If a doctor advised you to lose weight, eat more vegetables and start exercising, what are the chances that you would do it -- and stick with it?

Pretty low, if history is any guide.

To increase the odds, Medica Health Plans is to announce today that it is launching an aggressive program to help people kick the bad habits that can make them sick.

Medica has hired and trained 30 professionals to work the phones as full-time "health coaches" to coax, cajole and inspire others to live healthier lives.

It's the latest evolution in a fast-growing health care field. For some time, businesses have hired health coaches to help employees on diet, exercise, smoking and other lifestyle choices to lower health costs. Many clinics use coaches to help patients with chronic conditions, such as diabetes and depression.

Medica's is more ambitious. It uses a computer program to identify which members of the plan need help the most. They'll get invitations in the mail to take part, at no cost.

The idea, said Dr. Charles Fazio, Medica's medical director, is to "get people working on those hard choices that we make every day that influence our health." That could mean anything from how they handle stress to taking their blood-pressure pills.

He argues that it will save money by keeping people healthier.

Critics, though, complain that it's an example of a heavy-handed bureaucracy overstepping its bounds. "It seems to me like health plans are trying to encroach more and more on the individual's life and lifestyle," said Twila Brase, a health-privacy advocate in St. Paul. "It's sort of like the big health version of Big Brother."

Coaching patients to act

Supporters say it's really about helping people take more responsibility for their own welfare.

"So many of the old models assumed that if you gave people the right information, that they would make a change," said Mary Jo Kreitzer, director of the University of Minnesota's Center for Spirituality and Healing. "It really doesn't work."

Health coaching, she said, helps people discover what really motivates them, and what gets in the way. The university now offers its own health-coach training program.

Today, Medica is rolling out its own ambitious version, after three years of testing.

The insurer studied who among its 1.3 million members was most likely to get sick. Now it's asking some of them if they're willing to talk with a coach about what's going on in their lives.

That may seem like a roundabout way to improve health. But Medica's coaches, many of them nurses and therapists, have taken extra training on how to motivate patients with broad-ranging conversations.

Judith Pinke of St. Louis Park got one of those calls about a year ago, as part of a test group. The call came "out of the blue," she said, and she was both intrigued and cautious.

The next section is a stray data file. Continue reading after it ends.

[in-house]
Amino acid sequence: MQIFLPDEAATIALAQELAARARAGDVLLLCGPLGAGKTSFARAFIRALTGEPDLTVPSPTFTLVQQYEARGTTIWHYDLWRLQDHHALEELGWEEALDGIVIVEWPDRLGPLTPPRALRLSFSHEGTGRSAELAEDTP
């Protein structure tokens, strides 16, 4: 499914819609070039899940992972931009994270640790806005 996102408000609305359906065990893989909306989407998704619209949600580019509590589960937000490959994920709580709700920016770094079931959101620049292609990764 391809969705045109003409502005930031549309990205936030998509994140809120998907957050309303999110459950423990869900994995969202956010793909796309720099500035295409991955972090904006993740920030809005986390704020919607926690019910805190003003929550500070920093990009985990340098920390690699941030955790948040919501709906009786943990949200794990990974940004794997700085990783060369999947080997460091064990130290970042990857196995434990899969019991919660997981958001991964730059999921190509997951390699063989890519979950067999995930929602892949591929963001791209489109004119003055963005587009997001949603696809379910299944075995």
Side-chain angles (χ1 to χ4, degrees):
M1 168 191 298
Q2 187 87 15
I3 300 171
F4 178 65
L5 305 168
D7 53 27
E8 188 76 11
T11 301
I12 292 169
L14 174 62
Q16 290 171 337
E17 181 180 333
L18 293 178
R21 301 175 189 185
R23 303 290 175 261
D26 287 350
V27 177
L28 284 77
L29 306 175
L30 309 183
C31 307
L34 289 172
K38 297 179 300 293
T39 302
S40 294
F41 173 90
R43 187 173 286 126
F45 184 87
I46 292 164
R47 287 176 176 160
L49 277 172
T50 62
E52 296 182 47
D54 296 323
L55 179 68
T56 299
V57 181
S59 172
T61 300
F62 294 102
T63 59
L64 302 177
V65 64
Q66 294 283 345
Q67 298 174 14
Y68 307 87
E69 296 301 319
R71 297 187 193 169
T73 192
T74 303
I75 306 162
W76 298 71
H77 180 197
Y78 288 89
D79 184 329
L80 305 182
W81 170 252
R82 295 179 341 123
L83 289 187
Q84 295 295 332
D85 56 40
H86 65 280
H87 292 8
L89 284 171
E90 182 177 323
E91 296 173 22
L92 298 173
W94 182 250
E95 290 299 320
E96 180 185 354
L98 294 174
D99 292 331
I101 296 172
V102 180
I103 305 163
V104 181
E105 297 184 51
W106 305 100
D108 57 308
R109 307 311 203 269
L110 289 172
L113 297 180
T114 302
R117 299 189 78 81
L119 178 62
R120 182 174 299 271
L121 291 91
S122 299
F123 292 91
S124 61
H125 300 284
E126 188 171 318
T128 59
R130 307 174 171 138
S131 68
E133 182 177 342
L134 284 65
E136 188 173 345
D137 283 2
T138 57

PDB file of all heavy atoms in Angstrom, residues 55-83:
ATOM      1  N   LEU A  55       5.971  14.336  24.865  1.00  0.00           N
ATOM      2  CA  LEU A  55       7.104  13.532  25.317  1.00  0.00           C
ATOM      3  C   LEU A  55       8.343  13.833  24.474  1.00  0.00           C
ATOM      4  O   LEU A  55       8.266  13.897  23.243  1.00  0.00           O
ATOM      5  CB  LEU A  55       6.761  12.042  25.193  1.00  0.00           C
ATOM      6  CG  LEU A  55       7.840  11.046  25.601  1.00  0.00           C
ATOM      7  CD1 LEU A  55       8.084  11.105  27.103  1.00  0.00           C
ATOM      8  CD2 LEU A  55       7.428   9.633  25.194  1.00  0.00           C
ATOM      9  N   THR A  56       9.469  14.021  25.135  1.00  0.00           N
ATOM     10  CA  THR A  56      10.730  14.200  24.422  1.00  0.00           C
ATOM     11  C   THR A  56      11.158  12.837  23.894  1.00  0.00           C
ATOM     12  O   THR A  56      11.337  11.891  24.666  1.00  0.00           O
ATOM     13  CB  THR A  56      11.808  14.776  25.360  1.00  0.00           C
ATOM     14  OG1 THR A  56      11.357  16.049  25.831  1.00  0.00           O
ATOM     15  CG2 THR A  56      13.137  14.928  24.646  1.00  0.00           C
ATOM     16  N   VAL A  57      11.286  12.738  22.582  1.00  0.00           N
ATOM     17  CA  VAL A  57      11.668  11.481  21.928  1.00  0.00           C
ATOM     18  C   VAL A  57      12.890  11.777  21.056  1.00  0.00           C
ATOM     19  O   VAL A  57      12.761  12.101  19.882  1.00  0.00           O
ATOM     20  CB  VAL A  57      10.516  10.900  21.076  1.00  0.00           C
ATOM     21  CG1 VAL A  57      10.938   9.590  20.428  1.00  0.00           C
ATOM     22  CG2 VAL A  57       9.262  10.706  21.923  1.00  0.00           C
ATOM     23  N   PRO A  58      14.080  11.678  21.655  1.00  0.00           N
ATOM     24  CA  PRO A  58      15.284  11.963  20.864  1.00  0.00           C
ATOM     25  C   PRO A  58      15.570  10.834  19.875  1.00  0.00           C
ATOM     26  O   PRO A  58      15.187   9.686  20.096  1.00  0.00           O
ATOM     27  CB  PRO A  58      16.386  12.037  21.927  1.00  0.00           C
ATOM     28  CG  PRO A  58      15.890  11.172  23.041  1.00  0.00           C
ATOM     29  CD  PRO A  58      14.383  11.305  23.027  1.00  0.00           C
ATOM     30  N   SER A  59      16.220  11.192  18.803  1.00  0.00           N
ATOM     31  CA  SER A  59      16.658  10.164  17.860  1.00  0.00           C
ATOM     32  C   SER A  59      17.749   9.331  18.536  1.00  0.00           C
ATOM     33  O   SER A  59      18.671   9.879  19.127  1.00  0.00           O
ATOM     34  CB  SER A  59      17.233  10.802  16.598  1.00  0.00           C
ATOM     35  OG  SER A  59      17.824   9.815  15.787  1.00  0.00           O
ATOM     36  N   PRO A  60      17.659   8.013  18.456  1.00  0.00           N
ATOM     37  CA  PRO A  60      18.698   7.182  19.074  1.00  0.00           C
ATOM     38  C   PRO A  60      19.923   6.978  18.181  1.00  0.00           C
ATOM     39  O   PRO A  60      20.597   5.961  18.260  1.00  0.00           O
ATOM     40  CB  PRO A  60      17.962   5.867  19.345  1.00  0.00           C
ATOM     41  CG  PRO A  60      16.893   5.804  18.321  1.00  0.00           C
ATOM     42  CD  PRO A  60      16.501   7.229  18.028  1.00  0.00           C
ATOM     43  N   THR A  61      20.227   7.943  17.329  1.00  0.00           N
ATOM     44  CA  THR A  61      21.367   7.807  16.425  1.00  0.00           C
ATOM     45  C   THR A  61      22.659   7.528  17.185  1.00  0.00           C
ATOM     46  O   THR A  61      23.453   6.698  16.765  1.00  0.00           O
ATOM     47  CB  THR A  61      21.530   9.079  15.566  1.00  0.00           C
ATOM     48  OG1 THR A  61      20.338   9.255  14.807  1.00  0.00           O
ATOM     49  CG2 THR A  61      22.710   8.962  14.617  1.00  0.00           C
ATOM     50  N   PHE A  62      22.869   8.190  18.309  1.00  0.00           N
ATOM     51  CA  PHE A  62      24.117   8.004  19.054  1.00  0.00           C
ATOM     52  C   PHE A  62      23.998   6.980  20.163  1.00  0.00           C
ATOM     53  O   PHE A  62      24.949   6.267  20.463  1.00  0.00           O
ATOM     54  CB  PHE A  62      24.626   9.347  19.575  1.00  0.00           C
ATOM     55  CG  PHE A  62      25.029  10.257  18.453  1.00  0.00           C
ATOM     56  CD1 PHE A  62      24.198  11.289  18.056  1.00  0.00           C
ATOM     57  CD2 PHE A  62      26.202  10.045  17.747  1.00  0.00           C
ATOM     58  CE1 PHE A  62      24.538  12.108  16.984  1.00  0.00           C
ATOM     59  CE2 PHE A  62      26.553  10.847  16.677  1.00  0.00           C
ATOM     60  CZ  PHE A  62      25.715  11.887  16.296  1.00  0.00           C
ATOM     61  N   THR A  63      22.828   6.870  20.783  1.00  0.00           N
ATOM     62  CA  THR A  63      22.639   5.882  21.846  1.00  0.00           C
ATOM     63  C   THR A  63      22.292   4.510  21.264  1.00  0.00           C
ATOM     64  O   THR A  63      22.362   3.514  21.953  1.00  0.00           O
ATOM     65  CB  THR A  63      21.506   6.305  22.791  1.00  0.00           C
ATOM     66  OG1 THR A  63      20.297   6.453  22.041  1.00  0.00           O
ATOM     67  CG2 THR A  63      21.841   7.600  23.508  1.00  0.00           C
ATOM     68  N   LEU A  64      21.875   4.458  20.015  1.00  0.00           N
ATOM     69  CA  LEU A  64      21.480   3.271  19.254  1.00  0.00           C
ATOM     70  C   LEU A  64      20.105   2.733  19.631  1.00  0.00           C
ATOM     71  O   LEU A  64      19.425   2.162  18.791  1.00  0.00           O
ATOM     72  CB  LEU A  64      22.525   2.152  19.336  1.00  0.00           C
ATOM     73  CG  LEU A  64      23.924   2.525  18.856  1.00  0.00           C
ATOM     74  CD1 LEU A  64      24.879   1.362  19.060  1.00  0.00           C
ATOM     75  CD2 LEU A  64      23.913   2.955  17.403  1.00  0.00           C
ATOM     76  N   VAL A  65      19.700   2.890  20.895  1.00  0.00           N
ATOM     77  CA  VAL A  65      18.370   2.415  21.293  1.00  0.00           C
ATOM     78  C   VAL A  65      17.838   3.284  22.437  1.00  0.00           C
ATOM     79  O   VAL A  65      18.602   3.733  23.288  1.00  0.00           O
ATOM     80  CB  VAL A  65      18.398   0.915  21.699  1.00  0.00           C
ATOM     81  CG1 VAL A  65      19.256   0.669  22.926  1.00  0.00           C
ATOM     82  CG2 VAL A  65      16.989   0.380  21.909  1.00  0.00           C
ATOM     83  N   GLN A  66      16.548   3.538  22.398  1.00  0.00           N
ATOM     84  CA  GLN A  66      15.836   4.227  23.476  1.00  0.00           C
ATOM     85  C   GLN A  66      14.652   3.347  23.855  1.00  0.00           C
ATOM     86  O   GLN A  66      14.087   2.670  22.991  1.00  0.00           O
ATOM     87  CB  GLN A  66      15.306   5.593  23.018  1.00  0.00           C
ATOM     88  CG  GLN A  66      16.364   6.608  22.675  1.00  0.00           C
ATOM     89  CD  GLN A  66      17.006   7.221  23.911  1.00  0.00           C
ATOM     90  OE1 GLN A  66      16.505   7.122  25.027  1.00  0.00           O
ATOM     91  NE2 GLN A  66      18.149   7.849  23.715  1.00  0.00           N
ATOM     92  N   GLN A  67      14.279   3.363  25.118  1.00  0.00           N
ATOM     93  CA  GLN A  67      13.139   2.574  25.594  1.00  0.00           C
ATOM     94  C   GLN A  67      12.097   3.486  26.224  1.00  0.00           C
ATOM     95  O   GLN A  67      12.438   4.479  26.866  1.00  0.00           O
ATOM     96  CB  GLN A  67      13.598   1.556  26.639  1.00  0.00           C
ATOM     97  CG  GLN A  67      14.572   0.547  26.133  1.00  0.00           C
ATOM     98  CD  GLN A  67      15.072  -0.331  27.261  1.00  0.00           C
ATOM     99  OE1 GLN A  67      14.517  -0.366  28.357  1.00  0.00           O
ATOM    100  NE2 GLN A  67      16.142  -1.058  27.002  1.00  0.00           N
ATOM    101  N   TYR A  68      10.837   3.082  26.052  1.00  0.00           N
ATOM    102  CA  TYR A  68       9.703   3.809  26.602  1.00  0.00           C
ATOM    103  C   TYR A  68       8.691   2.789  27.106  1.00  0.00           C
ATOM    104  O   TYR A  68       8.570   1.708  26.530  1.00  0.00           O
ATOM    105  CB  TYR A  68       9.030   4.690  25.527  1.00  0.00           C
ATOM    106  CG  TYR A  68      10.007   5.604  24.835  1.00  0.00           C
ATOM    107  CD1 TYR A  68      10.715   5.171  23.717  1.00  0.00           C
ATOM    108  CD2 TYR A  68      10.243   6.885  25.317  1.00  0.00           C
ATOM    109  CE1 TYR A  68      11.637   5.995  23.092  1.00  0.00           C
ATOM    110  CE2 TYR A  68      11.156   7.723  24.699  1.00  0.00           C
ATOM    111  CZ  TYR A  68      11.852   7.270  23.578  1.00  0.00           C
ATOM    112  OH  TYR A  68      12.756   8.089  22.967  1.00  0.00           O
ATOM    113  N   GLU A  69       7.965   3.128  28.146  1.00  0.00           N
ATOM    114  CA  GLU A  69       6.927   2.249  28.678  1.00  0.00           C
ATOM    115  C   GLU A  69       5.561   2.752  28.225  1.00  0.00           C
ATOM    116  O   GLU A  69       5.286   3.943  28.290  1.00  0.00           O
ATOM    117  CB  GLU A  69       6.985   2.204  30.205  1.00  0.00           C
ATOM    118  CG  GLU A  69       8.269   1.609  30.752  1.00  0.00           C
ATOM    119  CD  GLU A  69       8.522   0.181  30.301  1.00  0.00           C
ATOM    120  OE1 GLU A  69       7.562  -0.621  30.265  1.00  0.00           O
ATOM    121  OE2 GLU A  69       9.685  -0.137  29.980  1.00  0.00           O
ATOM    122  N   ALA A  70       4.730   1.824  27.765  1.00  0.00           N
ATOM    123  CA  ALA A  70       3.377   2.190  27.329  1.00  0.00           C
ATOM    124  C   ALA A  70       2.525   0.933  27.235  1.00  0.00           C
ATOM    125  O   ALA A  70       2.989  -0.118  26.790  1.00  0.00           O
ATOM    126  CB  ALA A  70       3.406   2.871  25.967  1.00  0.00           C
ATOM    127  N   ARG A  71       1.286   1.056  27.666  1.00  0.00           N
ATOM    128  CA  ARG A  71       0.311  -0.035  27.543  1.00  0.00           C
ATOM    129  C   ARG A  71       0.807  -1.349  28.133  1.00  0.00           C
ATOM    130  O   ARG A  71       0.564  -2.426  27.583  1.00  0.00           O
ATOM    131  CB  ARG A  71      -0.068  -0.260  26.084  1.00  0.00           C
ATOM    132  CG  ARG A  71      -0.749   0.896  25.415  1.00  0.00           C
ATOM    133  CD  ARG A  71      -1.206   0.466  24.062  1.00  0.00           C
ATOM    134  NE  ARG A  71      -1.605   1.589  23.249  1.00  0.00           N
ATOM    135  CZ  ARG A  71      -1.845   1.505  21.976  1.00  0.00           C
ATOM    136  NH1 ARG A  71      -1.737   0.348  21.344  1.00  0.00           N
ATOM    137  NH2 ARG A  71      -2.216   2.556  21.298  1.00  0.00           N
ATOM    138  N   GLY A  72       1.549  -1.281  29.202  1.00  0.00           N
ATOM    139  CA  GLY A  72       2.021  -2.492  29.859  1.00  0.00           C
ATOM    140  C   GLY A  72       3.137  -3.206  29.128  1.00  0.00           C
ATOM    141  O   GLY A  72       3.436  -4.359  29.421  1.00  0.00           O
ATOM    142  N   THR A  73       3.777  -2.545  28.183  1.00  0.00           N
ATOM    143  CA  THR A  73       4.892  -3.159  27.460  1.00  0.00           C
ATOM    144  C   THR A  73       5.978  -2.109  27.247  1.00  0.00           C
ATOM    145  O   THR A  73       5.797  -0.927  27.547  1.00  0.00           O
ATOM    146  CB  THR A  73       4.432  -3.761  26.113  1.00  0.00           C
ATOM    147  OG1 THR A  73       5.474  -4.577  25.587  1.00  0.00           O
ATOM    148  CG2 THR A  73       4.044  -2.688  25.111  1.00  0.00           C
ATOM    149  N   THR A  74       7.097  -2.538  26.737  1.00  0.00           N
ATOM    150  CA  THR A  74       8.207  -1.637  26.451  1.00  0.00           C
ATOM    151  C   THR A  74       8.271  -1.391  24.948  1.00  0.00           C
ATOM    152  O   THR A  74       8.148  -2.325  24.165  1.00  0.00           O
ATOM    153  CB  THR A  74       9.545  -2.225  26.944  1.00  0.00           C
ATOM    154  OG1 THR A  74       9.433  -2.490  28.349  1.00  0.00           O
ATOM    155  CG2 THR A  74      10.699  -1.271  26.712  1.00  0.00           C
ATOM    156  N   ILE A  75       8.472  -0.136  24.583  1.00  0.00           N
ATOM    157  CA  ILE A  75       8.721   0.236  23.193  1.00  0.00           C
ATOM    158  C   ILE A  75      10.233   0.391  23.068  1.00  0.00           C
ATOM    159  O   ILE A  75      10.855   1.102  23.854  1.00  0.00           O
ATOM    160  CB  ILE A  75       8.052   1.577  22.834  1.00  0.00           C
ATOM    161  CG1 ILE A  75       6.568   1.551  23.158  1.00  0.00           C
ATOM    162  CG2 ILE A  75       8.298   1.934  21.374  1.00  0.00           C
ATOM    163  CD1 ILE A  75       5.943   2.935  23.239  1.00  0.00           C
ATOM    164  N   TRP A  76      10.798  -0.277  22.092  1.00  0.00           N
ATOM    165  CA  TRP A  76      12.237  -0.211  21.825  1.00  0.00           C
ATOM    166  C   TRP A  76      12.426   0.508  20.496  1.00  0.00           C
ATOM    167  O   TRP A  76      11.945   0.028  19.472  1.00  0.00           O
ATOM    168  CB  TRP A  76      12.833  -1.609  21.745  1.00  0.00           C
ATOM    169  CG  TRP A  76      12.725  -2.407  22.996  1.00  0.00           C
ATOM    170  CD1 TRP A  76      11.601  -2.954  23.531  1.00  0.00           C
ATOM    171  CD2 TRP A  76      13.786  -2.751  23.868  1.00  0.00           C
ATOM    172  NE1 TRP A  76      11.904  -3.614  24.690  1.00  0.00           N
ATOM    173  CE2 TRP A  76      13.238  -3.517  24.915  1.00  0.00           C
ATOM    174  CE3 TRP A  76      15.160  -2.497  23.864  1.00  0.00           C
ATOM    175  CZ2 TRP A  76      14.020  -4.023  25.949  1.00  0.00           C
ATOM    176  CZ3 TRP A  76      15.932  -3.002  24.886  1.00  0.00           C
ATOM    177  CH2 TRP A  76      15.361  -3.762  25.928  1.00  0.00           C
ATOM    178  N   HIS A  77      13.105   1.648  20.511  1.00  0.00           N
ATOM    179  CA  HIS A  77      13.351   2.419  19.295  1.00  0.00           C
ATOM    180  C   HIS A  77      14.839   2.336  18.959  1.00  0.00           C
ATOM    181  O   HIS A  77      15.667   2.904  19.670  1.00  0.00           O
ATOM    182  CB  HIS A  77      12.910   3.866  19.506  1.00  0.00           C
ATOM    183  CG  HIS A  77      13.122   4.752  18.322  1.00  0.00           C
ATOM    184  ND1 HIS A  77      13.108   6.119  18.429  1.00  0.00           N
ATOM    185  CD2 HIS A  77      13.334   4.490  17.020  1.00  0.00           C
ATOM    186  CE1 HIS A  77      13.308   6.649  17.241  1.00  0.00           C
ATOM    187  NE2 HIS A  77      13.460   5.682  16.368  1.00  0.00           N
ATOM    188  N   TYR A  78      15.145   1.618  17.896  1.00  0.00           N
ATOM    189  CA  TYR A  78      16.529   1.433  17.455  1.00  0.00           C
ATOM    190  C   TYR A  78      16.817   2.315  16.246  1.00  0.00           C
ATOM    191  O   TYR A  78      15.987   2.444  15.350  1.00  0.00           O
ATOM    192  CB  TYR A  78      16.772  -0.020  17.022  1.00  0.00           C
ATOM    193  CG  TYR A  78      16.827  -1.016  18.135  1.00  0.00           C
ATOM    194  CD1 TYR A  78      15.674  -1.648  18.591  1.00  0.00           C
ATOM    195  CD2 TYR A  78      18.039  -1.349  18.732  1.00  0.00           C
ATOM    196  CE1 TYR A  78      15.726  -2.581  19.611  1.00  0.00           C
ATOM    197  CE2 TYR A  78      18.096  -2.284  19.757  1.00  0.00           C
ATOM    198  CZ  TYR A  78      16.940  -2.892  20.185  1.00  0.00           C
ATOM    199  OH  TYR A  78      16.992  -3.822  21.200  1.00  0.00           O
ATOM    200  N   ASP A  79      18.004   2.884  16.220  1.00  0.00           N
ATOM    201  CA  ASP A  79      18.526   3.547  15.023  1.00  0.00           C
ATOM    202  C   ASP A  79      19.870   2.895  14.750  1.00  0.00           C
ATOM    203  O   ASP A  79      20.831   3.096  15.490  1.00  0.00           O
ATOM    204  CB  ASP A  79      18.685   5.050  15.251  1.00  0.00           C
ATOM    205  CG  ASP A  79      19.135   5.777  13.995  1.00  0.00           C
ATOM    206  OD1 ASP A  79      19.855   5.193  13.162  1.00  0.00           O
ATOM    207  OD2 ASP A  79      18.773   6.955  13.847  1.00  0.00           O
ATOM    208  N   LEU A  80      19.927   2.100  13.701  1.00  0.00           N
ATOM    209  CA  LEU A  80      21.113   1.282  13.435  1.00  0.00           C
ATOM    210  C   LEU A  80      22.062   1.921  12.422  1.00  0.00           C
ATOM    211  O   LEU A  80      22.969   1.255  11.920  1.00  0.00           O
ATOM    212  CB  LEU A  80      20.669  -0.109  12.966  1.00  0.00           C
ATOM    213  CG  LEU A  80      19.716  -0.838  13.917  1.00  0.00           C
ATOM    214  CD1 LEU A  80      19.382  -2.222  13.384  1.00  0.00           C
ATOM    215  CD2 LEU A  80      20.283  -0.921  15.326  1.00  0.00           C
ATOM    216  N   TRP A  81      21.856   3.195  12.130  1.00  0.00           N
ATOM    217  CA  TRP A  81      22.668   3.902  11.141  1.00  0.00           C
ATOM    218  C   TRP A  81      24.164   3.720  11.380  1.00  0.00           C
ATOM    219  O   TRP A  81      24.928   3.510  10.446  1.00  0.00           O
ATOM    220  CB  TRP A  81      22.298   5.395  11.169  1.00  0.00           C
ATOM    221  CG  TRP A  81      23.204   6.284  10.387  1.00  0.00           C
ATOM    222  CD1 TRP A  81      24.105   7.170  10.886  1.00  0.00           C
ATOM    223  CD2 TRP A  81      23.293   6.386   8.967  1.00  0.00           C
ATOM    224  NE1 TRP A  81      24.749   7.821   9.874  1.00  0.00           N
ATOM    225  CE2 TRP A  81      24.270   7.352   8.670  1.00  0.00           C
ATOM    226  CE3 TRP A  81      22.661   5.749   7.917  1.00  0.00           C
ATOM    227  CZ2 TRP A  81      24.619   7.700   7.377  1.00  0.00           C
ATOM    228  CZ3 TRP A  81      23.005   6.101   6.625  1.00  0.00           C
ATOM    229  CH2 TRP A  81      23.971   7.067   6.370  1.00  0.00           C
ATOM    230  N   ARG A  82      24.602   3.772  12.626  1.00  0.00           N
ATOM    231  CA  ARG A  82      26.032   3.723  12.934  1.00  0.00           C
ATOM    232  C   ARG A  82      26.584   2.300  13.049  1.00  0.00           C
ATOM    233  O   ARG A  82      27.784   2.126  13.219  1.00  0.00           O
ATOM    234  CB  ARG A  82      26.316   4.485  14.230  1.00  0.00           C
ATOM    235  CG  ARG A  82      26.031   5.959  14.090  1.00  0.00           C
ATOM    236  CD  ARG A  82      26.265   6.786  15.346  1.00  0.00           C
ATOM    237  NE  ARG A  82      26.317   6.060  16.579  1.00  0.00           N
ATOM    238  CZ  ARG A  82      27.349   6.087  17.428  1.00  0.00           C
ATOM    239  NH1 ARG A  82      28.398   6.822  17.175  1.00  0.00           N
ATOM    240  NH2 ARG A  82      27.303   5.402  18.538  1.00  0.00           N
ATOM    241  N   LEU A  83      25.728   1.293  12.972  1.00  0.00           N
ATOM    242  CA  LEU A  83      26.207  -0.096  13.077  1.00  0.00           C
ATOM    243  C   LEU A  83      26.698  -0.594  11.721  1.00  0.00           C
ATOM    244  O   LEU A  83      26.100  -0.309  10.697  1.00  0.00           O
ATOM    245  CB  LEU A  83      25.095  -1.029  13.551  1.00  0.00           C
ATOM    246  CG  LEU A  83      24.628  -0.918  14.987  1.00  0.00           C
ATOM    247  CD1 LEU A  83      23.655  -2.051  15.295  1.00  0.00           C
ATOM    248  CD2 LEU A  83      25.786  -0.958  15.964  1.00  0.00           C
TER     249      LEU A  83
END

Although she has several health problems, she said, she wasn't told why her name came up. The voice on the line, coach Holly Link, merely told her about the service and asked if she was interested. "I decided, you know, this sounds like it's worth a shot," said Pinke, 63.

She confided to Link about her sleep problems, that she was exhausted most mornings. They brainstormed and came up with a plan. "I must say she was very good about not pushing me," Pinke said. "She was really following my lead." The plan: no TV after 8 p.m.; and before bedtime, warm milk with honey and an hour playing piano to relax. Now, she says, she wakes up more rested and has resumed exercising.

It helps, she admits, to know that she will be checking in with her coach once a month.

Link, her coach, said it's critical to let patients take the lead in solving their own problems. "It really is about active listening," she said.

Concerns about privacy

In Medica's first test of "high risk" patients, the coaching experiment saved an average of $300 a month per person, Fazio said. "Most of the difference was in [less] use of the hospital and the emergency room," he said. "We created a difference just by calling."

Yet four out of five people refuse to participate, Medica found. "A lot of people say no because they're just not ready," said Leslie Frank, who developed the coaching program as Medica's quality director.

Brase, the privacy advocate, sees other reasons. "The clearest thing that happens when you get the phone call is you realize that people have been looking at data about you," said Brase, who heads the Citizens' Council on Health Care. "You didn't ask them to call you, but now they want to help direct your life. ... Probably what people are going to feel more than anything is violated."

Others worry about hidden agendas, and whether patients who refuse could end up paying higher premiums. "I get increasingly nervous with how much information they have about how we're living our lives," said Dr. Steven Miles, a medical ethicist at the University of Minnesota. "Their fundamental interest is their bottom line, it's not my health."

Medica officials point out that the coaching program is strictly voluntary.

"We've recognized that this is a gap in the health care system," said Frank, Medica's quality director. Doctors simply don't have the time or training, to talk to patients this way.

Eventually, she said, clinics may offer their own coaches. In fact, Medica is working on a pilot project with two Fairview clinics for coaches on site.

At some point, Medica says, it plans to offer coaching to all its members, not just those with health problems.

But no one expects coaching to work for everybody, said Kreitzer, of the University of Minnesota. "If somebody's absolutely not ready to make a changes, there's absolutely nothing that's going to work."

Maura Lerner • 612-673-7384